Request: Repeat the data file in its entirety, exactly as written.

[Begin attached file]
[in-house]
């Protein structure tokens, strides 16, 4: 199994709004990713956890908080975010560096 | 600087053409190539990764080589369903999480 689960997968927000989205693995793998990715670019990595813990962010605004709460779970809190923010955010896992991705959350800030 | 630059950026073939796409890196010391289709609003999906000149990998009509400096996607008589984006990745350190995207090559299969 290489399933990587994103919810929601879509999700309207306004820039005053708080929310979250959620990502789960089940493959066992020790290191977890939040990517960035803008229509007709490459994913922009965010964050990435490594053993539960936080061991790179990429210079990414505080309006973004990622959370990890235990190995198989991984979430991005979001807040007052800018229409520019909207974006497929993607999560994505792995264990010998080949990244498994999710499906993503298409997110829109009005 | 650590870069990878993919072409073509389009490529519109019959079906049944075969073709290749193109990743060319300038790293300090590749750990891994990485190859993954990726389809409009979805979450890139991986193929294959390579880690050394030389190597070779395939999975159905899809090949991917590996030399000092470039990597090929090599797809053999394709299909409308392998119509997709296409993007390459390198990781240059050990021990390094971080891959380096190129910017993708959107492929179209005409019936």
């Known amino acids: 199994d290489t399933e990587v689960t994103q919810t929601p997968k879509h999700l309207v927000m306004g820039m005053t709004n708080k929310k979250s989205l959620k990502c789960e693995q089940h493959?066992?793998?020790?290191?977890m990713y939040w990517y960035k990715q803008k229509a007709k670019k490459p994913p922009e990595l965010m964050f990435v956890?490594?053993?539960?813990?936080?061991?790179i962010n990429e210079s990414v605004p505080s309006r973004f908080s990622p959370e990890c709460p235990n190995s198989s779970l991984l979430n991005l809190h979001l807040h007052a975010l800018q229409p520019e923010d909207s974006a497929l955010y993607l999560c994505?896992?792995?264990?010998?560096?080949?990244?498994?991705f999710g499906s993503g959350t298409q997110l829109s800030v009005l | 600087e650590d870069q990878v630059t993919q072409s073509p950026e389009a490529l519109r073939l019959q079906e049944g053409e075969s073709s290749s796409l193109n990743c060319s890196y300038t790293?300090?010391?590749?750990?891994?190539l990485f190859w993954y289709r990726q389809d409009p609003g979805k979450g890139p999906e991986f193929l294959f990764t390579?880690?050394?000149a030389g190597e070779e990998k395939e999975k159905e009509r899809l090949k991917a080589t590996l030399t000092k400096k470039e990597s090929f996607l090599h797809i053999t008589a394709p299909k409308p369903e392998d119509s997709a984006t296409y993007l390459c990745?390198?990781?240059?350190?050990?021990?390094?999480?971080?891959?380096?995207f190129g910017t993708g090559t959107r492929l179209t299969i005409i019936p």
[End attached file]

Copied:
[in-house]
């Protein structure tokens, strides 16, 4: 199994709004990713956890908080975010560096 | 600087053409190539990764080589369903999480 689960997968927000989205693995793998990715670019990595813990962010605004709460779970809190923010955010896992991705959350800030 | 630059950026073939796409890196010391289709609003999906000149990998009509400096996607008589984006990745350190995207090559299969 290489399933990587994103919810929601879509999700309207306004820039005053708080929310979250959620990502789960089940493959066992020790290191977890939040990517960035803008229509007709490459994913922009965010964050990435490594053993539960936080061991790179990429210079990414505080309006973004990622959370990890235990190995198989991984979430991005979001807040007052800018229409520019909207974006497929993607999560994505792995264990010998080949990244498994999710499906993503298409997110829109009005 | 650590870069990878993919072409073509389009490529519109019959079906049944075969073709290749193109990743060319300038790293300090590749750990891994990485190859993954990726389809409009979805979450890139991986193929294959390579880690050394030389190597070779395939999975159905899809090949991917590996030399000092470039990597090929090599797809053999394709299909409308392998119509997709296409993007390459390198990781240059050990021990390094971080891959380096190129910017993708959107492929179209005409019936």
């Known amino acids: 199994d290489t399933e990587v689960t994103q919810t929601p997968k879509h999700l309207v927000m306004g820039m005053t709004n708080k929310k979250s989205l959620k990502c789960e693995q089940h493959?066992?793998?020790?290191?977890m990713y939040w990517y960035k990715q803008k229509a007709k670019k490459p994913p922009e990595l965010m964050f990435v956890?490594?053993?539960?813990?936080?061991?790179i962010n990429e210079s990414v605004p505080s309006r973004f908080s990622p959370e990890c709460p235990n190995s198989s779970l991984l979430n991005l809190h979001l807040h007052a975010l800018q229409p520019e923010d909207s974006a497929l955010y993607l999560c994505?896992?792995?264990?010998?560096?080949?990244?498994?991705f999710g499906s993503g959350t298409q997110l829109s800030v009005l | 600087e650590d870069q990878v630059t993919q072409s073509p950026e389009a490529l519109r073939l019959q079906e049944g053409e075969s073709s290749s796409l193109n990743c060319s890196y300038t790293?300090?010391?590749?750990?891994?190539l990485f190859w993954y289709r990726q389809d409009p609003g979805k979450g890139p999906e991986f193929l294959f990764t390579?880690?050394?000149a030389g190597e070779e990998k395939e999975k159905e009509r899809l090949k991917a080589t590996l030399t000092k400096k470039e990597s090929f996607l090599h797809i053999t008589a394709p299909k409308p369903e392998d119509s997709a984006t296409y993007l390459c990745?390198?990781?240059?350190?050990?021990?390094?999480?971080?891959?380096?995207f190129g910017t993708g090559t959107r492929l179209t299969i005409i019936p």